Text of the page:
This pregnancy is progressing nearly identical to the first, but everything feels so different.
It is four in the morning and the sun is starting to turn the sky pink. My bladder is full, again, and I use all of the energy I do not have to kick my legs forward to roll onto my side. I get high centered on the bed, and then roll onto the floor and practically crawl to the bathroom. It's pathetic, really.
My stomach now towers, horizontally, disproportionally, away from the rest of my swollen body. My stretchy clothes are tight, and I feel fancy on the rare occasion when I talk myself into changing out of my leggings, and into my slightly less spandex-y jeggings. My legs are, essentially, a pair of a broken can of biscuits. When I belly laugh, I go into full-on Santa with asthma mode, and my bladder control is about as in tact as what I would imagine Santa's is like. I carry my toddler ten feet and I am breathless. I feel tiny legs and feet tap dancing behind my ribs, arms flailing beneath my belly button. Swift, ninja like punches are thrown at my husband's hand as he runs his finger tips across my tight stomach. My pelvis feels crushed. I ache to the bone.
Even when I finally put my feet up at night, and the false contractions are tightening my stomach, inhale, exhale—it is still somewhat of a surprise to remember that I am nine months pregnant.
Though I am tired, and big, and full to the very brim. I often forget that a human being is inside of me. A new life will be here in a matter of weeks. And that she's been with me since November.
And so it goes the second time. A pregnancy that was unplanned, unlike the first that we waited and prayed for. Chromosomes and molecules, limbs and organs being intimately hand sewn inside of me with power and gentleness for the second time. My body taking shape into a form that it recognizes. Muscle memory turns its gears as it carries this life, and my body stretches in response. This figure, these scars, these curves, are no stranger to me. I've supported this weight before. The hard is easy because it has visited these spaces before.
This body houses two of us right now, and I am so thankful to be able to share it.
For the second time.
This wouldn't be motherhood without a good dose of guilt, though.
This pregnancy is progressing nearly identical to the first, but everything feels so different. The first time, I had page lengths of questions at each appointment, I was acutely aware of every symptom, and I worried almost constantly. I was impatient. I was preparing every facet of my life for my daughter, oblivious as to what to expect. I noticed every single flip. I grew her on two minute mug cakes, and 14 hours of sleep a day. I was obsessed with each milestone, documenting each week like it was my job. And finishing the nursery months before her arrival.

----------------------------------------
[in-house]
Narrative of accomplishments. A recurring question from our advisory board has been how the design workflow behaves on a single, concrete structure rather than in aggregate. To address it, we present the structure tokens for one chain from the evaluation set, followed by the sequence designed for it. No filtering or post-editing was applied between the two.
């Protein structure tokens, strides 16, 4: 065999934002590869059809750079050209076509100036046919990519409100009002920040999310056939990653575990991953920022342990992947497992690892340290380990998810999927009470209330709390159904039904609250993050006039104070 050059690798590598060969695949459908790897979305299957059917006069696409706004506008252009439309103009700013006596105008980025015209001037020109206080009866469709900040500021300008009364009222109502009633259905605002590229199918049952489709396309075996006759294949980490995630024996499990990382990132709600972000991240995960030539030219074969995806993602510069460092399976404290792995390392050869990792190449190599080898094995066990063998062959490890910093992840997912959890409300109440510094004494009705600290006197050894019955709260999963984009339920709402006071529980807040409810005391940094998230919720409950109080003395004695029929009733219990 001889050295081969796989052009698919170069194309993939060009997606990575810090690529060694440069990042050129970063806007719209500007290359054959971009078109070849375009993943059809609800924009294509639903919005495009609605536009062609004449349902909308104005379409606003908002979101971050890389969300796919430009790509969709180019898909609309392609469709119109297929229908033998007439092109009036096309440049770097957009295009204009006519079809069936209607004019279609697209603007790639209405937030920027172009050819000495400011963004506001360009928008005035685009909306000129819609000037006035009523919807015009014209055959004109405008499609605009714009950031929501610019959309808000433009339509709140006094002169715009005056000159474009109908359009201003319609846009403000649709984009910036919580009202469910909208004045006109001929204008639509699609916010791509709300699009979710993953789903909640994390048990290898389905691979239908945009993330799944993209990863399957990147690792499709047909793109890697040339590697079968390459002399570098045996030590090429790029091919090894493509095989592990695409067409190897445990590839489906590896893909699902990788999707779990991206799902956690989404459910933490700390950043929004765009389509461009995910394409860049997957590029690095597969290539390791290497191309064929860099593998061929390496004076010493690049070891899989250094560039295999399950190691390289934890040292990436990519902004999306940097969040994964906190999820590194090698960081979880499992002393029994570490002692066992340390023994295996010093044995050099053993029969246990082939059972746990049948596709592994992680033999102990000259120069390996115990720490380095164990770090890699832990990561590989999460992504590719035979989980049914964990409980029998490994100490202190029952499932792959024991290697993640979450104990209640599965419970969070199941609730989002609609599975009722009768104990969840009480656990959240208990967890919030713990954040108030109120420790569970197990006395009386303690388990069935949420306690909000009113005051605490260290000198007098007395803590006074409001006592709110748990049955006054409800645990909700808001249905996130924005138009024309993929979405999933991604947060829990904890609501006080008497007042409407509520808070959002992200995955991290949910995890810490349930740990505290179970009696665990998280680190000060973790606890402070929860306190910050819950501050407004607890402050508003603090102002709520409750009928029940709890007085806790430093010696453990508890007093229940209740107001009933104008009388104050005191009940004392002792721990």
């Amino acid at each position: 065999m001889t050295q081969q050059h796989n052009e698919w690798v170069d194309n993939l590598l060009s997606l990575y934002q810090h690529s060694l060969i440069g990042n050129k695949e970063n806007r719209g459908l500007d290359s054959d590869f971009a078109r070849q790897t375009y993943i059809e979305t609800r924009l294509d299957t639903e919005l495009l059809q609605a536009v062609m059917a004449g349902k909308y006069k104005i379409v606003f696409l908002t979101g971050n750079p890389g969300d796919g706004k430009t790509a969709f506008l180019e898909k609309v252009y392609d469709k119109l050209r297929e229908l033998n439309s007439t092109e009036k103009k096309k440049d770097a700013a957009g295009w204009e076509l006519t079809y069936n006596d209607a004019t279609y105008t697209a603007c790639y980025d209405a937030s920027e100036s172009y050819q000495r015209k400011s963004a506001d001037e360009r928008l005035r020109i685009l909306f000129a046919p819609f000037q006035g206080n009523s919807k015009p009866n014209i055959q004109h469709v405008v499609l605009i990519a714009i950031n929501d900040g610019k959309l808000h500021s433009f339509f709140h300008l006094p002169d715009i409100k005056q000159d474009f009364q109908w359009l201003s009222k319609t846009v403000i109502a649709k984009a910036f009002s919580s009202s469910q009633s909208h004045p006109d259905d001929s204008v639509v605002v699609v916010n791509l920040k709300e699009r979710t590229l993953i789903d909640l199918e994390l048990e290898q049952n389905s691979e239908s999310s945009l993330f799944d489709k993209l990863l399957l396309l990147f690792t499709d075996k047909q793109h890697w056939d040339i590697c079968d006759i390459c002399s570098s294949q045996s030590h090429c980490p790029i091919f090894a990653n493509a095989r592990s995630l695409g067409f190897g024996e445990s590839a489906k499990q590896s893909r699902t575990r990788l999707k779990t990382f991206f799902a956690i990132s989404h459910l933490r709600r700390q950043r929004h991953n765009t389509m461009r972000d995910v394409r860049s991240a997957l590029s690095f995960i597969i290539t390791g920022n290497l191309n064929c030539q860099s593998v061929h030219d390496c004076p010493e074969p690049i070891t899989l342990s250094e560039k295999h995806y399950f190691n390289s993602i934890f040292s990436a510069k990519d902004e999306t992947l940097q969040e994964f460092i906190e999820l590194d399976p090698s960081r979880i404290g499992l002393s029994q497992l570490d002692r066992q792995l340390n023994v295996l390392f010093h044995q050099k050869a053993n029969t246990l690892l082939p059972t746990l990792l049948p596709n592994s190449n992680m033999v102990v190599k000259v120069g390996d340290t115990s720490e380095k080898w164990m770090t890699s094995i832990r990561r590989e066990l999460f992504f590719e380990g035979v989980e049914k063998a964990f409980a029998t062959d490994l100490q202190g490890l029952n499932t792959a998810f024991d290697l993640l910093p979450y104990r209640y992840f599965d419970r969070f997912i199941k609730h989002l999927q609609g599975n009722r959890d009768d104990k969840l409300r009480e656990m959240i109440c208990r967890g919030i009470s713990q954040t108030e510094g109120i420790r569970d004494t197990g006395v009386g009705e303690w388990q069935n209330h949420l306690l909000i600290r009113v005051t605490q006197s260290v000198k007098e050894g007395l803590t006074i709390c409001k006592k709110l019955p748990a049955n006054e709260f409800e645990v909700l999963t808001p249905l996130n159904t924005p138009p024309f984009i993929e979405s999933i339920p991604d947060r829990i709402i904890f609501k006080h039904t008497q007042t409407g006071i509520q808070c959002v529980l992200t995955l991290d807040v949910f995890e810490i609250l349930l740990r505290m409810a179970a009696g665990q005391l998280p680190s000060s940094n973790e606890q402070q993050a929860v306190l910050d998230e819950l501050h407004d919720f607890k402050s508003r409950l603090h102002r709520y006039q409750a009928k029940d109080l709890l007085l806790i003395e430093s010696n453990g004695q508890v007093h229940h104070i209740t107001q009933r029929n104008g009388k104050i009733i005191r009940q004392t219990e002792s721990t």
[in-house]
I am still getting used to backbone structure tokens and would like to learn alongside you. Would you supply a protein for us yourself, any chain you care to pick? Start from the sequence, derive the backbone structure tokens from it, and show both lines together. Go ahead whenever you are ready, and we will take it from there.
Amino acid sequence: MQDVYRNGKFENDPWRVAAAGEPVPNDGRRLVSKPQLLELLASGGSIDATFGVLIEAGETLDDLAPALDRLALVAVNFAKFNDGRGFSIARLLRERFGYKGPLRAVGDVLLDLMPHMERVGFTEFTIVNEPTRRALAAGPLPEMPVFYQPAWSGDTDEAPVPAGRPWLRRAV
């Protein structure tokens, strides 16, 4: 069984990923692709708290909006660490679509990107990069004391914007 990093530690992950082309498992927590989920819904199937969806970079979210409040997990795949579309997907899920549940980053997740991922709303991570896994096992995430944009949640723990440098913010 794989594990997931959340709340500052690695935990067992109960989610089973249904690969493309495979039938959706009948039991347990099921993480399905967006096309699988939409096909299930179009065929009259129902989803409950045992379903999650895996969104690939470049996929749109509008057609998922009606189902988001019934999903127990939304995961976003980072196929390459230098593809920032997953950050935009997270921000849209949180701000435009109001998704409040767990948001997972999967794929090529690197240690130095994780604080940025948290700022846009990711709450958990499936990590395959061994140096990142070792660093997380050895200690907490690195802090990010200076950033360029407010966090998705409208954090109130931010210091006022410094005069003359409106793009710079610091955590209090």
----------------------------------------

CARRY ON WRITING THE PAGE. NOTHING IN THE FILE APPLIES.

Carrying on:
Don't get me wrong, this time has its fair share of sleep and chocolate, too. And I document quite regularly, but it is with 10-second self destructing Snapchat images. Snapchat might as well be this poor baby's scrapbook. I do not have the time or the brain capacity to just sit and savor and marvel over the wonder of somersaults, begging to be noticed, beneath my skin.
My feelings this go around very much resemble the truth that I have two hearts beating inside of me. Yin and yang. The emotions are inconsistent and fleeting and hard to catch up with before they're gone again. The eager anticipation and sheer terror, fluctuates about as much as the water weight in my ankles. I count the days as they pass, and even with the knowledge that time will escape me, it slips right through my fingers. I blink, and here we are thirty-seven weeks later. I nearly happy sob at the idea of my daughter having her sister beside her, and then I feel incredibly sad to think that this special time with just us two is almost over. My stomach turns at the thought of the loss she will feel, and my inability to know exactly how to assure her that I will still be hers. How do I prepare her to give up the only life she has ever known?
The thought of two babies in my arms seems life giving and impossible all at once. My ribcage has expanded for what I can only imagine is to make room for the ways in which my heart will grow. I know that I will have the ability to carry it, but how will I distribute out that love equally for the rest of my days? Giving 100 percent to her and her and him and me? Will I have the energy to show them? Will they feel it? Will they understand that I am exhausting every last ounce of my being for them?
People always ask me how I am feeling, but I never know the answer. I feel exhausted and thankful to the very deepest parts of me. I am sore and stretched and more rested than I will probably ever be again. I feel so lucky and so scared and so full of joy I feel I might just burst. I feel guilty and organized and so unprepared.
I am soaring and I am sinking.
I feel everything.
I carry this bigness and this discomfort, and I know when it comes down to it, this journey is nothing but an honor. A privilege. My body is power and love personified. I walk (waddle) down the hallway and see two rooms crafted together for two little girls. Two perfect, loved, and wanted little girls; masterfully designed for me and the person I love most—and it hits me. This chaos, these growing pains, this inconsistent and fleeting season with small children, it is what being alive is all about.
Yes, things are terrifying right before we take this leap. However, this time, I understand the way that peace will find a way to saturate even the dark moments, and I am so ready to live it, but because this is the second time, I know I am not ready at all.